Do not assume that when I photographed this indigenous Mandinka girl, she was behaving in a way that's in her DNA.
We are not the only species that has the capacity for cognition, cognition or metacognition. That finding, from the fields of evolutionary biology and comparative psychology, is enough to inform us how difficult it is to understand the human brain. Just to begin to understand our brain requires us to understand the distinctions between the capacity for cognition, cognition and metacognition. The capacity for cognition began to evolve hundreds of millions of years ago and accelerated along the mammalian, then the primate and then the hominin lines where, very rapidly (on an evolutionary timescale), it separated us by our capacity for the most complex form of cognition — language. Cognition follows from the capacity for it in any environment that selects it. Metacognition — the cognitive introspection of one's own cognition (for example, asking oneself a question like "how can I learn to become a better chess player?") — is less understood.
Last month in the United States it was Martin Luther King Day — a celebration of the life and achievements of Dr. Martin Luther King Jr. It was also the month, in the United States, in which Spike Lee was nominated for a best director Oscar for his masterpiece, BlacKKKlansman. It was also the month in which US politician Steve King said that he did not understand why 'white supremacist' and 'white nationalist' were offensive terms. It was also the month in which James Harris Jackson pleaded guilty to a race-motivated killing in New York that he intended to inspire others to emulate. It was also the month in which Michael Ertel, the recently-appointed Florida Secretary of State, resigned after photos emerged of him mocking the African-American victims of Hurricane Katrina in 2005. Everyone on my list has the capacity for cognition, cognition and metacognition. Everyone on my list has been accused of being racist. With the exceptions of Dr. King and Mr. Lee, they are all guilty.
The eminent scientist and Nobel Prize winner James Watson was the subject of a documentary broadcast last month, "Decoding Watson." In his book The Double Helix he accused some scientists of being "narrow-minded" and "stupid." Fifty years after he wrote that book he still views some scientists in the same way. I consider myself, happily, to be among them.
It would not be racist for a biologist to posit that the gene(s) contributing to morphological trait X might also play a role in behavioral observation Y. Indeed, that is one way in which the field is advanced. However, to posit such a connection in the absence of evidence, or to do so without acknowledging environmental factors, would be scientifically invalid.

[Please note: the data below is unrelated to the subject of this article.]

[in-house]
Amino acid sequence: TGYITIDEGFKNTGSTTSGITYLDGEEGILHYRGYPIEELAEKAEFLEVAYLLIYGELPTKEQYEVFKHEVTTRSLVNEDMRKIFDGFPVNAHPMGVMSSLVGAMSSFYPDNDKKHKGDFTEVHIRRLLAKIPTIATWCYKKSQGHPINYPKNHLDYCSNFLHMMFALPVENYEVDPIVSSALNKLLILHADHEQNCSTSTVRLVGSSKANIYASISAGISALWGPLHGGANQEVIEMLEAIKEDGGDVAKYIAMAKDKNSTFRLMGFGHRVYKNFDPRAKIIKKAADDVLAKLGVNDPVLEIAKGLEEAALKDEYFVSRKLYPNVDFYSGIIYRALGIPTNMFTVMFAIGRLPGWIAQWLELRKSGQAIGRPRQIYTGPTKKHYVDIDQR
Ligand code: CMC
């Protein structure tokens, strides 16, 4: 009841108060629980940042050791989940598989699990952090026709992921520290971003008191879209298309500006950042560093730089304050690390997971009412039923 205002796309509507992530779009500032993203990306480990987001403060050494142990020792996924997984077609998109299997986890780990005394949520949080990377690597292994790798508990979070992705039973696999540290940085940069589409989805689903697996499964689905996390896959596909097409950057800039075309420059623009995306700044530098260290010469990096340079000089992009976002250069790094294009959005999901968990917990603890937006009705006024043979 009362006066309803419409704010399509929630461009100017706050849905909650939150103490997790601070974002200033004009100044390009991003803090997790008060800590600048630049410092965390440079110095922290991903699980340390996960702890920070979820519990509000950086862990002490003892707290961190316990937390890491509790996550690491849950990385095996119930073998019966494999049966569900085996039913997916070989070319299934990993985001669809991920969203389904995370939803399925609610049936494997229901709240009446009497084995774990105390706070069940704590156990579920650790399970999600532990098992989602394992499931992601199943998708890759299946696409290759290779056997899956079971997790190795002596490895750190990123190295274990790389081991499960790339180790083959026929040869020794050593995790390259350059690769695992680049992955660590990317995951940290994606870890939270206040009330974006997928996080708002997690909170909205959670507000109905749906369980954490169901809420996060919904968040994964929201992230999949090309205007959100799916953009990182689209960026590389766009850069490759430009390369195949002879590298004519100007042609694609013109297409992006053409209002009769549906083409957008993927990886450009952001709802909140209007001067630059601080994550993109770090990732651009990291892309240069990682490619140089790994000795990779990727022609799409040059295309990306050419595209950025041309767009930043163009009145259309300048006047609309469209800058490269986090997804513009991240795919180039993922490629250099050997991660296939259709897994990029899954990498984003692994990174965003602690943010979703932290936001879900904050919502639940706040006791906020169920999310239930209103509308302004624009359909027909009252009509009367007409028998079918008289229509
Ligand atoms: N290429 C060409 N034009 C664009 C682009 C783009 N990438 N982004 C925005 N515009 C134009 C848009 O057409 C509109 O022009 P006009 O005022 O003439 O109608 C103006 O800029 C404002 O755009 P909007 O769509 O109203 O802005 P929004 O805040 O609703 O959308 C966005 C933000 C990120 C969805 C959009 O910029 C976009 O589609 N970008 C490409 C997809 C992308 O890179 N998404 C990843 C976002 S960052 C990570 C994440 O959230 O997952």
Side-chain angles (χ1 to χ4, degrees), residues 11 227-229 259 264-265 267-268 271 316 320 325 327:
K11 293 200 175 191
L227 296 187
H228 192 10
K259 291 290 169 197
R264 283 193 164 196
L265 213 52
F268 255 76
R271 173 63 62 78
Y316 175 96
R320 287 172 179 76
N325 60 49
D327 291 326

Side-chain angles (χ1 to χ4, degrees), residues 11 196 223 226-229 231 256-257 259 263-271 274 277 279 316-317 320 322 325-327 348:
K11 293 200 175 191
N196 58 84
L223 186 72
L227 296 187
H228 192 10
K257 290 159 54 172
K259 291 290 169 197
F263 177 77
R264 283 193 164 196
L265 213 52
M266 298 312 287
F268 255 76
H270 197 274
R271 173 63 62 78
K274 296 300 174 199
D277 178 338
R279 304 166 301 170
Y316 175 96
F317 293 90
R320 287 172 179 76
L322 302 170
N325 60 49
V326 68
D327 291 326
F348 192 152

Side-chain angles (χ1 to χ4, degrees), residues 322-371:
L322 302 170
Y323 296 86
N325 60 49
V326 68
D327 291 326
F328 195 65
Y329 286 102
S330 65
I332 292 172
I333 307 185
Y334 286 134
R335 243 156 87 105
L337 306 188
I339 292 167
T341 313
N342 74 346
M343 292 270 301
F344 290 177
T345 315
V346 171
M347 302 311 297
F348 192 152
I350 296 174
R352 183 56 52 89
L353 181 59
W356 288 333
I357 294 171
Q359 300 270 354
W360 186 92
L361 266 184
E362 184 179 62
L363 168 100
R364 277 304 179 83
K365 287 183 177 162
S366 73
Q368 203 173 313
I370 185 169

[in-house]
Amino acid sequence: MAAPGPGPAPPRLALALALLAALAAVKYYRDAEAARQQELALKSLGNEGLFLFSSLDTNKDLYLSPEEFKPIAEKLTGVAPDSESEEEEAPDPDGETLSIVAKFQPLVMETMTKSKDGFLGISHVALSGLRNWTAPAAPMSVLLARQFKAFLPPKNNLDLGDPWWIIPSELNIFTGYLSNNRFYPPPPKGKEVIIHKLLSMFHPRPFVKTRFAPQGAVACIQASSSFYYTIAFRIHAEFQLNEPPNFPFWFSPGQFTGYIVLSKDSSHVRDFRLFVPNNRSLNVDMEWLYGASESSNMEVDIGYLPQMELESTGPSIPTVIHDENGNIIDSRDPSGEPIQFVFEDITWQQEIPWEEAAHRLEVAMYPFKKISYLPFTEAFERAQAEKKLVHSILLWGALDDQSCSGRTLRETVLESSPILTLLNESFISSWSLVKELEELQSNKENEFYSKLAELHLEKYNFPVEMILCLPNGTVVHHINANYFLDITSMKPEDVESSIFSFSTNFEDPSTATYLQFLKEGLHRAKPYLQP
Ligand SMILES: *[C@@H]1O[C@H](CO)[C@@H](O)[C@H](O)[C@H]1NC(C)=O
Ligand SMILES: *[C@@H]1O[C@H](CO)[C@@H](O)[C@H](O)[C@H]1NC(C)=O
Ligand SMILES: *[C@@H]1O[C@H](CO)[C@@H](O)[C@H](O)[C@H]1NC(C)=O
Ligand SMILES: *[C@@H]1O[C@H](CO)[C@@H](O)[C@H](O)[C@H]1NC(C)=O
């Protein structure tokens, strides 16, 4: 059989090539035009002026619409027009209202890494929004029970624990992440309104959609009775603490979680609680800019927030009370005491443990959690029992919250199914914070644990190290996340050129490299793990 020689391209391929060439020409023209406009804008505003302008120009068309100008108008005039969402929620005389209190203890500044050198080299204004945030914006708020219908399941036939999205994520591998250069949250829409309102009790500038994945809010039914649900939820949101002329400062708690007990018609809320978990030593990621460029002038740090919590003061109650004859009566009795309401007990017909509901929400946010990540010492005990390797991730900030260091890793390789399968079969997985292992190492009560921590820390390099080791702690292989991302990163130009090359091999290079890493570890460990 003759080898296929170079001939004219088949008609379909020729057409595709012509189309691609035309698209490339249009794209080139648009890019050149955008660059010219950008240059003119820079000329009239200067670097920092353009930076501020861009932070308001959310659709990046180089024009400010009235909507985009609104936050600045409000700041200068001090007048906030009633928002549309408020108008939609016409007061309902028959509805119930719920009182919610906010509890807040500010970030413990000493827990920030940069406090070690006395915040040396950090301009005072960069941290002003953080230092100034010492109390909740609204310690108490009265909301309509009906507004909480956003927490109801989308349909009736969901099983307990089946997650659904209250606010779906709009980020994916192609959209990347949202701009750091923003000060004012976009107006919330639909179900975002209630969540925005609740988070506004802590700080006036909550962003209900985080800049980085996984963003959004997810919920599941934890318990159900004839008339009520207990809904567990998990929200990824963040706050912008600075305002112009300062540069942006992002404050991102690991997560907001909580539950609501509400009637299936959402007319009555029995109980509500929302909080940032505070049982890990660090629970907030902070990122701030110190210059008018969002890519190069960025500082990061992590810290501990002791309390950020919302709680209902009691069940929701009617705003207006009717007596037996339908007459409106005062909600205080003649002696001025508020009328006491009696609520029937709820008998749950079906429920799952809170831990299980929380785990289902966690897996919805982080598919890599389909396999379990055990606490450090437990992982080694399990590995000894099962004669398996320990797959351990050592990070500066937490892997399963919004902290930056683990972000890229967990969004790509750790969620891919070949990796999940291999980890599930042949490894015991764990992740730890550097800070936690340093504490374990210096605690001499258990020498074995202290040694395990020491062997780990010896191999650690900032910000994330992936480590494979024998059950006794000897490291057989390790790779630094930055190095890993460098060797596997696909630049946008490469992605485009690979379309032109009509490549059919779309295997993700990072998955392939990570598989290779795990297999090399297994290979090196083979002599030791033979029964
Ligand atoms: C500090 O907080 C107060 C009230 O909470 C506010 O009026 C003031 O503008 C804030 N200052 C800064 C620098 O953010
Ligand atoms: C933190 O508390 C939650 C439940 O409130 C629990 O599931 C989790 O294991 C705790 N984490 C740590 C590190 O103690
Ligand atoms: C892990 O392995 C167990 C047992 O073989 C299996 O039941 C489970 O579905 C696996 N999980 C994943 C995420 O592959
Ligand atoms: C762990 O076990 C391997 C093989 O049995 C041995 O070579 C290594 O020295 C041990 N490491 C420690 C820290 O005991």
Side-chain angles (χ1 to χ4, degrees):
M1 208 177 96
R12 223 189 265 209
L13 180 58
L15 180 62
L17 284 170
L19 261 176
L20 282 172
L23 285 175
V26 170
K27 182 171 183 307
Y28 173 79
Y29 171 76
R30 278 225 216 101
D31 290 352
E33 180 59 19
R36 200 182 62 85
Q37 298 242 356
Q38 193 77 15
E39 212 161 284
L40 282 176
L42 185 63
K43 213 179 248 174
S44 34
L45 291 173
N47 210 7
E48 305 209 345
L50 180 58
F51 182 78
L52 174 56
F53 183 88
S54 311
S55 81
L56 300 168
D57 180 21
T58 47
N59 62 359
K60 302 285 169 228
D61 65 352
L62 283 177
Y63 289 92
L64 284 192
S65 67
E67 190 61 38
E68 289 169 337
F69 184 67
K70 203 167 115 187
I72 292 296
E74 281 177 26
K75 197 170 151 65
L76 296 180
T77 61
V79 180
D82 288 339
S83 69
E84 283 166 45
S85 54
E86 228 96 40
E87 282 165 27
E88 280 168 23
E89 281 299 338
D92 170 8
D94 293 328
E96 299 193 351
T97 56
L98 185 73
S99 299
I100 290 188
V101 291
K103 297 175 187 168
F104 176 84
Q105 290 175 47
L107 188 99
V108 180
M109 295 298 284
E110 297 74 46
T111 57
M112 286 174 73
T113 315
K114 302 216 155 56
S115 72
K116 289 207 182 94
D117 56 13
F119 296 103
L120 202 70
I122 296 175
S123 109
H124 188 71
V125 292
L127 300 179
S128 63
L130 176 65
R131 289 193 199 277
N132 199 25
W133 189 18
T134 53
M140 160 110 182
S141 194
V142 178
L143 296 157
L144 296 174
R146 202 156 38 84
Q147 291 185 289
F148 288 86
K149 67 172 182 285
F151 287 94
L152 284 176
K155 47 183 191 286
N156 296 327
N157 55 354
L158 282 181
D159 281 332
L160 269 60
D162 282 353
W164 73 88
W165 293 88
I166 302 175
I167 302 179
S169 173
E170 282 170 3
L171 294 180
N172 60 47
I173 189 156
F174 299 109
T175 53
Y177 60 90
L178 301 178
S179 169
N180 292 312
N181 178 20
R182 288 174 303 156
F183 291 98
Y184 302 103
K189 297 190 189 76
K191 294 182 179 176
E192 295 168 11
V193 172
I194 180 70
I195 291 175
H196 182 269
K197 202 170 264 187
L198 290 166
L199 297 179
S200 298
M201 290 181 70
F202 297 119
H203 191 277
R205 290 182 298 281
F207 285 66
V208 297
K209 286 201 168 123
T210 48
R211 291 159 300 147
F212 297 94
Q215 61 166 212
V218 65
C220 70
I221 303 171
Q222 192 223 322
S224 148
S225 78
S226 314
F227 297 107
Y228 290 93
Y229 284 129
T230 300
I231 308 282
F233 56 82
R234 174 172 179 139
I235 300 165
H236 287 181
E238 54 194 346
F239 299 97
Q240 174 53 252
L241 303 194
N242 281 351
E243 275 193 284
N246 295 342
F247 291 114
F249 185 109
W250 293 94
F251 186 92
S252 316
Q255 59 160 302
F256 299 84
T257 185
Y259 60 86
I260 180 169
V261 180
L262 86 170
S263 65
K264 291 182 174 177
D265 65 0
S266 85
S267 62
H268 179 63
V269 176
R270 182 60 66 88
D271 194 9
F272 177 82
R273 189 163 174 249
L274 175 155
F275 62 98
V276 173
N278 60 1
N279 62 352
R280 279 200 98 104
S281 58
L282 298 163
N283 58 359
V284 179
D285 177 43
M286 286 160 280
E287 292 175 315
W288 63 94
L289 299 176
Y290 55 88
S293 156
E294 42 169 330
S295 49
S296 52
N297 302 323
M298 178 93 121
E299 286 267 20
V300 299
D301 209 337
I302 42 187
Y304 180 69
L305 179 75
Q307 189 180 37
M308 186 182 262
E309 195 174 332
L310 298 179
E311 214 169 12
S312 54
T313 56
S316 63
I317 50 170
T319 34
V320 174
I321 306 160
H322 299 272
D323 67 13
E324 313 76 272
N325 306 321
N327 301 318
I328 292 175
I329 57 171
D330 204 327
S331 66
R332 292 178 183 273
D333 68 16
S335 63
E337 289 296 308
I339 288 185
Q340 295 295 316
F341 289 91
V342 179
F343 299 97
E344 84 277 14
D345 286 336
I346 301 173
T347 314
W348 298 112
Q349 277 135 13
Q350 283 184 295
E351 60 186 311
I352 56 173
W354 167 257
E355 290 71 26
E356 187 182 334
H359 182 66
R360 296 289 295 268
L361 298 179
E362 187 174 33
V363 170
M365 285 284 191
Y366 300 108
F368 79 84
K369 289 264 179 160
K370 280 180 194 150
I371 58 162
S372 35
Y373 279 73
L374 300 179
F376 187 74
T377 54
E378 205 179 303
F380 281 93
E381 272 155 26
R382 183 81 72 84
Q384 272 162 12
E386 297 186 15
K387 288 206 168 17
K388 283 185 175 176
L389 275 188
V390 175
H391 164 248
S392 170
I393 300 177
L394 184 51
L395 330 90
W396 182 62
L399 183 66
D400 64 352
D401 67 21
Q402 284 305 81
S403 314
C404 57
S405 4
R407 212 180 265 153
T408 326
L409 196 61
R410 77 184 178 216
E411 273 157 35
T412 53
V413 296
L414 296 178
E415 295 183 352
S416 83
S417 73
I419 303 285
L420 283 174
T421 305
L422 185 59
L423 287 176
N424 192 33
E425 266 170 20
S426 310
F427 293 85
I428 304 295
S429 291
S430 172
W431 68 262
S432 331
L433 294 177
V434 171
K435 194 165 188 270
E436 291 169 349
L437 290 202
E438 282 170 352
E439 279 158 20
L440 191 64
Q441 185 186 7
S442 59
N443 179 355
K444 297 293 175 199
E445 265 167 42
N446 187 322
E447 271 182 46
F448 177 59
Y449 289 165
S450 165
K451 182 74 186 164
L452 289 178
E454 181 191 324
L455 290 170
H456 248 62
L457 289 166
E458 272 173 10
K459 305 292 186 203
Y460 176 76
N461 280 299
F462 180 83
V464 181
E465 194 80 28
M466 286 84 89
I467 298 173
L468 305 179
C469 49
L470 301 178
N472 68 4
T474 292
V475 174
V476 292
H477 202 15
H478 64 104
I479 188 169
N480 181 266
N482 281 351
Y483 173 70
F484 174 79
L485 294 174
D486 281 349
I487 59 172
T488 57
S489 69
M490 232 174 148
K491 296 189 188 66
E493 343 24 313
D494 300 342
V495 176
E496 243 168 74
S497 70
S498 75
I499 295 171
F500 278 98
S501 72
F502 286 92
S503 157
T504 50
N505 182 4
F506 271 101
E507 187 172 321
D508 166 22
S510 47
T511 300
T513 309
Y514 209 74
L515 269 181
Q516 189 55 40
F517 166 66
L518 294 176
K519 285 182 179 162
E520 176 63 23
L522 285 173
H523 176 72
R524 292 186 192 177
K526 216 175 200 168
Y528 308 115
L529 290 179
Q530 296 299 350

The indigenous Mandinka girl in this month's photo has gene-based morphological traits (as we all do): among them is that her skin is black. I photographed her while she was imitating adults in her community who were, likewise, dancing and using sticks to drum during a traditional Mandinka ritual. To posit that the genetic basis of a person's skin color might also be a basis of their ability to imitate, behaviorally, what they witness around them would be scientifically preposterous. To posit that people with black skin have been evolutionarily selected to imitate behaviors involving dance or music would be racist. This distinction between preposterousness and racism is critical.
In "Decoding Watson," Dr. Watson said: "If the difference [in intelligence between people having black skin and people having non-black skin] exists... how can we try and make it better?" History is full of 'answers' to his question: we assume it cannot be made better, we therefore genetically cleanse them with our assumedly-supreme white genes or we kill them. Of course, the only true answers are that we educate children like this girl, we do not assume that her evolutionary lineage is inferior because her morphological traits are different from ours and we acknowledge that our measurements of 'intelligence' are in their scientific infancy. But we can do none of these things unless we are educated.
It did not surprise me last month to learn that Steve King, James Harris Jackson and Michael Ertel are uneducated; it did surprise me to learn that one of the greatest scientists of the Twentieth Century is less educated than I: in fact to learn that he is so uneducated in his own field that he is racist. That last statement is irony. I have no doubt that Dr. Watson already knows everything I have written here.
He, Steve King and Michael Ertel had positions of privilege revoked last month; and rightly so.
Do not assume that your education, or your lack of education, allows you to be racist. There are those among us who will call you out. If Dr. Watson is serious about wanting to advance his field, he should consider advancing research in the evolutionary basis of metacognition: why is it that some members of our species can introspectively ask themselves "how can I learn to become a better evaluator of racist claims?" and others cannot? He may find answers in his own DNA and then, perhaps, he would learn not to assume.